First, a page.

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MBT Adult

Mentalization Based Treatment (MBT) for Adults.

Mentalizing refers to our ability to attend to mental states in ourselves and in others as we attempt to understand our own actions and those of others on the basis of intentional mental states.

If we are mentalizing successfully, we are able to understand what is going on in our own minds and in the minds of other people and realise how this is affecting the emotions, thoughts, and actions of ourselves and others. This understanding of our own perspectives as well as those of other people leads to more successful interactions and social relationships.

In some mental health disorders, such as personality disorders, individuals can be impaired in their ability to mentalize. This can lead to misunderstandings regarding emotions, thoughts and actions, and result in breakdowns in interactions and relationships. It is vital that individuals learn to mentalize successfully in order to improve mental health and social function.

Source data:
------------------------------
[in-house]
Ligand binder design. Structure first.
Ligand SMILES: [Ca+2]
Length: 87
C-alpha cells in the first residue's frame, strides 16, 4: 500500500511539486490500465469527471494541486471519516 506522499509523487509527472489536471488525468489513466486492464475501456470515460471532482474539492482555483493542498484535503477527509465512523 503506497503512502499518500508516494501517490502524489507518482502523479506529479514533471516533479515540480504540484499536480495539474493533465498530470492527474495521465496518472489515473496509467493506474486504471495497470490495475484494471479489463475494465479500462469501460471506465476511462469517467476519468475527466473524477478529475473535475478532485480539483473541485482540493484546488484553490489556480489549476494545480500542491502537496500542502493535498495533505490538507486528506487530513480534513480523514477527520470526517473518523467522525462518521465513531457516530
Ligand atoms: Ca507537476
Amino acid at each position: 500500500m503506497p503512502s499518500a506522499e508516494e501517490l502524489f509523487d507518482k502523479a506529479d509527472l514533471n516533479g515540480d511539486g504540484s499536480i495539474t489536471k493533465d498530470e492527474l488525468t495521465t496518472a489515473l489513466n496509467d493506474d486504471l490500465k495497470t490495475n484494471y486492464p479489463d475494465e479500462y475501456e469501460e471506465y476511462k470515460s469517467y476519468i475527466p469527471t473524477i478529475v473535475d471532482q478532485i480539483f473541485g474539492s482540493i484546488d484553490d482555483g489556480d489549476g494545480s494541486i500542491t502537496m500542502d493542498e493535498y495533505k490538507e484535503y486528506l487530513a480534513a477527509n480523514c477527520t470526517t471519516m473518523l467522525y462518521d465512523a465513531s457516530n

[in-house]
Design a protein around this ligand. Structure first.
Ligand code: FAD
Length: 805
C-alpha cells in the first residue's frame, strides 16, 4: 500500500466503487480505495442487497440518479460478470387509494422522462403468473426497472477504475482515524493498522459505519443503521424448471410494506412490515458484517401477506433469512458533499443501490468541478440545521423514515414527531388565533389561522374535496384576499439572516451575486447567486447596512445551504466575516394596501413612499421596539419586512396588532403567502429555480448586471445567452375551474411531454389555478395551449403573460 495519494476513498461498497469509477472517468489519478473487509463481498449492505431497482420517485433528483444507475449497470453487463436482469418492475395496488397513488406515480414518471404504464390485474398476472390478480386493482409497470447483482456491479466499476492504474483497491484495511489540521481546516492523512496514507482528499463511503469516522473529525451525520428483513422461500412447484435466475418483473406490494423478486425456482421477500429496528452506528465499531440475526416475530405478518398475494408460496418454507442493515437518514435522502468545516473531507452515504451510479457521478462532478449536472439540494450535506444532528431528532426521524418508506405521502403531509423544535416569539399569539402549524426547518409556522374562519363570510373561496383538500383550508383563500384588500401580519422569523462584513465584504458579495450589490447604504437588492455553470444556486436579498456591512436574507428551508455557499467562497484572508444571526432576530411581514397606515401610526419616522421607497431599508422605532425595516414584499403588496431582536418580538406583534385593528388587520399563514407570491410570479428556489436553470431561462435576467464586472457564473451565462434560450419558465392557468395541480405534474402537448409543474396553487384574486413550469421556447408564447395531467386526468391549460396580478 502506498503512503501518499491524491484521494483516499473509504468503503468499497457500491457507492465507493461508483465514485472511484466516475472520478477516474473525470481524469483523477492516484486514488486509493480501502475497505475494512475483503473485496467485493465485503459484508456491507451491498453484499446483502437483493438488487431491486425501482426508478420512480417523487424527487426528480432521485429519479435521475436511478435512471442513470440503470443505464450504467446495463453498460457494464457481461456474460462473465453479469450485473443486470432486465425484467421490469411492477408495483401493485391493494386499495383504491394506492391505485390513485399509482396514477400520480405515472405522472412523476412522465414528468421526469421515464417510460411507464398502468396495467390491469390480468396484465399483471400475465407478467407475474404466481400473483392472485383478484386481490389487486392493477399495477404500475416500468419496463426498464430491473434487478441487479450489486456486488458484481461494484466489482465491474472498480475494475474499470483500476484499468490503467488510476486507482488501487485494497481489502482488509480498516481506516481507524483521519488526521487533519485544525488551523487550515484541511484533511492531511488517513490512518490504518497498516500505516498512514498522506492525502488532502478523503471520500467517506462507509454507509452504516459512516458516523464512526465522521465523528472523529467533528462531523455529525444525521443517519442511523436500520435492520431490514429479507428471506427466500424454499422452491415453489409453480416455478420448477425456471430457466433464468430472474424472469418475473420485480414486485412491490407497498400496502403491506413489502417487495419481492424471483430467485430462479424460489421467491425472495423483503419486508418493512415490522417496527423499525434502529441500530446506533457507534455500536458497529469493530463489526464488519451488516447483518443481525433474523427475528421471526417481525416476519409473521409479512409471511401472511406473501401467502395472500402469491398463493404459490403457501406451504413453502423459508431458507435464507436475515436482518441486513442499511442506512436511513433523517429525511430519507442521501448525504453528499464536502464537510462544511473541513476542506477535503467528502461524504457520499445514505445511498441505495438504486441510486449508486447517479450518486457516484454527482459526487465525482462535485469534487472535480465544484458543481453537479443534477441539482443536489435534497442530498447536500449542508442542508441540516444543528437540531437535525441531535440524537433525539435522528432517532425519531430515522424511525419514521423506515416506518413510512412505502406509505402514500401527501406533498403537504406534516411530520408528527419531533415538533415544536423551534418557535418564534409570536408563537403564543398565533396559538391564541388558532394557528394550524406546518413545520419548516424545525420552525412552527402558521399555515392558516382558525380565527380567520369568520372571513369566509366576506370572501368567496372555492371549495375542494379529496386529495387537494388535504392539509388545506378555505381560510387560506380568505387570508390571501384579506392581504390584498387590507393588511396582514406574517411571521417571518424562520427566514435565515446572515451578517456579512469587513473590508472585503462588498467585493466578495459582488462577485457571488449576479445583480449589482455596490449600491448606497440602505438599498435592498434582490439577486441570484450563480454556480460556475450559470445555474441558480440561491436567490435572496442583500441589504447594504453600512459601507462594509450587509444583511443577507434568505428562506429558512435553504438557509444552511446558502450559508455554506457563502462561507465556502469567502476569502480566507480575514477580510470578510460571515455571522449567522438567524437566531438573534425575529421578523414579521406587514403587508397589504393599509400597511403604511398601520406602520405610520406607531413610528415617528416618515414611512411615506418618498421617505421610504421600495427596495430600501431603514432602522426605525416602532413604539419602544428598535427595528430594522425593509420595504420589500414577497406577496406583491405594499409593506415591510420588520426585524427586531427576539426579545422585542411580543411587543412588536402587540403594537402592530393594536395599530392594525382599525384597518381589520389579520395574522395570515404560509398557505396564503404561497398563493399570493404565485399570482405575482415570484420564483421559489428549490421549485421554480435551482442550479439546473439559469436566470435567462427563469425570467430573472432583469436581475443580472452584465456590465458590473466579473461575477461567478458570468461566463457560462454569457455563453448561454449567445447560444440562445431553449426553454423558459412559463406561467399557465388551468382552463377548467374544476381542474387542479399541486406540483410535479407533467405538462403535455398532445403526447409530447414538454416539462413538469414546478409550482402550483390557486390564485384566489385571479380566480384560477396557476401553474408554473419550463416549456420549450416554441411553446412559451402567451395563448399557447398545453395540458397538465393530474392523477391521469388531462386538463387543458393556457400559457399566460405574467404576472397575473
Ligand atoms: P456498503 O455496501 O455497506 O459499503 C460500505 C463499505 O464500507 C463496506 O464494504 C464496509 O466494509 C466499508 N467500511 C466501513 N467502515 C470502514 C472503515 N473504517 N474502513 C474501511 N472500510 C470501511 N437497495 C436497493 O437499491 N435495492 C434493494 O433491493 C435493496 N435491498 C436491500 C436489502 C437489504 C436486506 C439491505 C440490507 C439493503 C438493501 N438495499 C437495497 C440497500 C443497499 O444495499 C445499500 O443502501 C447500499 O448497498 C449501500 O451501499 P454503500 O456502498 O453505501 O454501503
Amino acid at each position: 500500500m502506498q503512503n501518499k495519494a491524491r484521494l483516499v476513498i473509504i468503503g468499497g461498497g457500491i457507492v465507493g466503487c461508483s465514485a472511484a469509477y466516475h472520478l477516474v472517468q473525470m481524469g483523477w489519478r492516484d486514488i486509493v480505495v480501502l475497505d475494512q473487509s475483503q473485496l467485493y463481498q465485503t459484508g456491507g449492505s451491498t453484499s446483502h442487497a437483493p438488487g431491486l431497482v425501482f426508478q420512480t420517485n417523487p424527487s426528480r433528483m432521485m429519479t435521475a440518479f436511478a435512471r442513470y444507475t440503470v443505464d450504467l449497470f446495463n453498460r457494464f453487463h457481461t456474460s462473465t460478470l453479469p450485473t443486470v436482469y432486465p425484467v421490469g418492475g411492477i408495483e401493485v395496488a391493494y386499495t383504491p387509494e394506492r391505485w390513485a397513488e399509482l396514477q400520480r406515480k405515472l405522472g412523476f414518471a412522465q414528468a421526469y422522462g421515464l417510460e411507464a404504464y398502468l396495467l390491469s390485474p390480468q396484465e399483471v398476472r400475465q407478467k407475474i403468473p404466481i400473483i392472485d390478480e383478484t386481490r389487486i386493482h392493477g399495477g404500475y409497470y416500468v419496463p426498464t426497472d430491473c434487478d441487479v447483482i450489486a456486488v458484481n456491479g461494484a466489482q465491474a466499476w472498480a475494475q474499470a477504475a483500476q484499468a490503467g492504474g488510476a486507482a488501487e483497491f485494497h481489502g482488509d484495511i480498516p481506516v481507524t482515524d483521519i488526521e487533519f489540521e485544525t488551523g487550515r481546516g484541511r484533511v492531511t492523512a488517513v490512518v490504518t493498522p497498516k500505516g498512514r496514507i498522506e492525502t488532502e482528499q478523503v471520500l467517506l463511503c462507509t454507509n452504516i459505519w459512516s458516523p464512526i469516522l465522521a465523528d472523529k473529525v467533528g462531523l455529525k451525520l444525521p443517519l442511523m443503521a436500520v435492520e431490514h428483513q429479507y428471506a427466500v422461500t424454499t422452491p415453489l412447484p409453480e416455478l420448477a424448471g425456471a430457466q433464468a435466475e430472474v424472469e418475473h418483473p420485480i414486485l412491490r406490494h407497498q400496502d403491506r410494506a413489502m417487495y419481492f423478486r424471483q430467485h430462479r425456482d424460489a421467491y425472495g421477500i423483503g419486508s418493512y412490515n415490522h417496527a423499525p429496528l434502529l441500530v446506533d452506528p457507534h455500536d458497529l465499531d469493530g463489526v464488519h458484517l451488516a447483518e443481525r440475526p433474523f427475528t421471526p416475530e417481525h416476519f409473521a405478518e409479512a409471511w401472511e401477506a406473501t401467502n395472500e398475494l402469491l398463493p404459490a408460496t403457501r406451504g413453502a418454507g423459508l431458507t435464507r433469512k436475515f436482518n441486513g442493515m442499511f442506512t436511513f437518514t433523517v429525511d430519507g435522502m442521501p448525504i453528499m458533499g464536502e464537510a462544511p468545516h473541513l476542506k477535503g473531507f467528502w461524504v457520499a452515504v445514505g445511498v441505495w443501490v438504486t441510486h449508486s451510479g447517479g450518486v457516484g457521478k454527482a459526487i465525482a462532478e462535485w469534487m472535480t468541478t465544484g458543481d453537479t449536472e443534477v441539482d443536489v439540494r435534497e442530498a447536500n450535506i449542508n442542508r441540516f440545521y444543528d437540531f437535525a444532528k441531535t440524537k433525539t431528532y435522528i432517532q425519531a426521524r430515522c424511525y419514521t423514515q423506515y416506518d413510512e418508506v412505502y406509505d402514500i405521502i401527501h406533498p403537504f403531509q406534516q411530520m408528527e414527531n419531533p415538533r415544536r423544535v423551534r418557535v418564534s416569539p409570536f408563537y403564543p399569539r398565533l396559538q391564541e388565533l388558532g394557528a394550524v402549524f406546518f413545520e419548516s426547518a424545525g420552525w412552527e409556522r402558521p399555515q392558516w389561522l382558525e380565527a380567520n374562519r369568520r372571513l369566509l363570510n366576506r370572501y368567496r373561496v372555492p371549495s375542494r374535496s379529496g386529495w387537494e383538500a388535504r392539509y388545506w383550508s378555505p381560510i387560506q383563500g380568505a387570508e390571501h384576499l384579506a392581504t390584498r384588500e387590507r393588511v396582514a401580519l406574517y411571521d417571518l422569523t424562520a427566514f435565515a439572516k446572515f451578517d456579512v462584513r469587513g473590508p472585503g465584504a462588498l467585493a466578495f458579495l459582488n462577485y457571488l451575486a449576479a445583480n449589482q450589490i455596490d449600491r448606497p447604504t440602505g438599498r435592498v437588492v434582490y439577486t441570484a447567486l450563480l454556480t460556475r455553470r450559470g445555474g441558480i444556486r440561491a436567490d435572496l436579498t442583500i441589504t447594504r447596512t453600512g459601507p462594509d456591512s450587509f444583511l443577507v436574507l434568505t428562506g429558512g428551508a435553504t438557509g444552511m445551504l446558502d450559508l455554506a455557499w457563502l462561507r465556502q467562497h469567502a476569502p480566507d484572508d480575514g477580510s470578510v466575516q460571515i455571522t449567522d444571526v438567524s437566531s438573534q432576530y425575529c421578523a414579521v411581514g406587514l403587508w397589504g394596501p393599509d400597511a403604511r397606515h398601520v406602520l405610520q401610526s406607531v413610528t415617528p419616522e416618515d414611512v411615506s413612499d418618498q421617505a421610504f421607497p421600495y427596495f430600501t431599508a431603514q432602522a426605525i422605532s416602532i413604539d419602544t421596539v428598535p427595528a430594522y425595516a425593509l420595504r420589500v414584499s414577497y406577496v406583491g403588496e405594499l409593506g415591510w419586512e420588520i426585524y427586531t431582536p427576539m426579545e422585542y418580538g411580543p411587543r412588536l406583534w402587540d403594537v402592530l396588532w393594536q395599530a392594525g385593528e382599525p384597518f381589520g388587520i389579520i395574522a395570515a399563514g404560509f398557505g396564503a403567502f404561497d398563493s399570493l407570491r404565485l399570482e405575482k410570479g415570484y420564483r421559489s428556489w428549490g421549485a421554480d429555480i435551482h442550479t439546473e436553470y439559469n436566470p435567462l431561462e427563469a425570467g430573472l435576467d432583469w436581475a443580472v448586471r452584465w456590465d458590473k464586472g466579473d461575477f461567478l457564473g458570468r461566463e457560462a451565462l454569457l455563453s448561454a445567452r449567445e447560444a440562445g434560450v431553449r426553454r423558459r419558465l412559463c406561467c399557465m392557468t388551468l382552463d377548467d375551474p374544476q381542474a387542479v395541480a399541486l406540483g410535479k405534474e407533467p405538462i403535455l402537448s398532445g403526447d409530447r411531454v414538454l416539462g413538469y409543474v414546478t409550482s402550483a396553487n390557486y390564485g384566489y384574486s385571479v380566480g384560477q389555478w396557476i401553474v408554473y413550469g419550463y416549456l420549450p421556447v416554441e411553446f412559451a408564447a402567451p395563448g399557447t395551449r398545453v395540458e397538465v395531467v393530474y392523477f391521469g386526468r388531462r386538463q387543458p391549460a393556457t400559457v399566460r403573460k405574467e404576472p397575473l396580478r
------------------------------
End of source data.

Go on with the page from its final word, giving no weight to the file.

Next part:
Teaching individuals to mentalize as a therapeutic intervention forms the core of Mentalization Based Treatment (MBT). This evidence-based treatment has been shown to be highly effective in treating Borderline Personality Disorder (BPD), and as a result, has gained national and international attention. For information on the MBT training programme that will qualify you to implement MBT when treating BPD, see Mentalization Based Treatment Training Programme

MBT was initially developed for the treatment of BPD, but it is now being used for a wide range of disorders. This programme focuses on MBT for BPD, but training programmes are now available for MBT for antisocial personality disorder, families, adolescents, and more. See Other MBT Courses for more information.

MBT Adult - video

Watch our Chief Executive, Peter Fonagy, talking about Mentalization.

Read more about MBT (Adult) below:

Resized hero image of Peter Fonagy (made smaller) - uploaded to Contentful.

Peter Fonagy

Professor of Psychoanalysis and Developmental Science & Head of the Division of Psychology and Language Sciences at University College London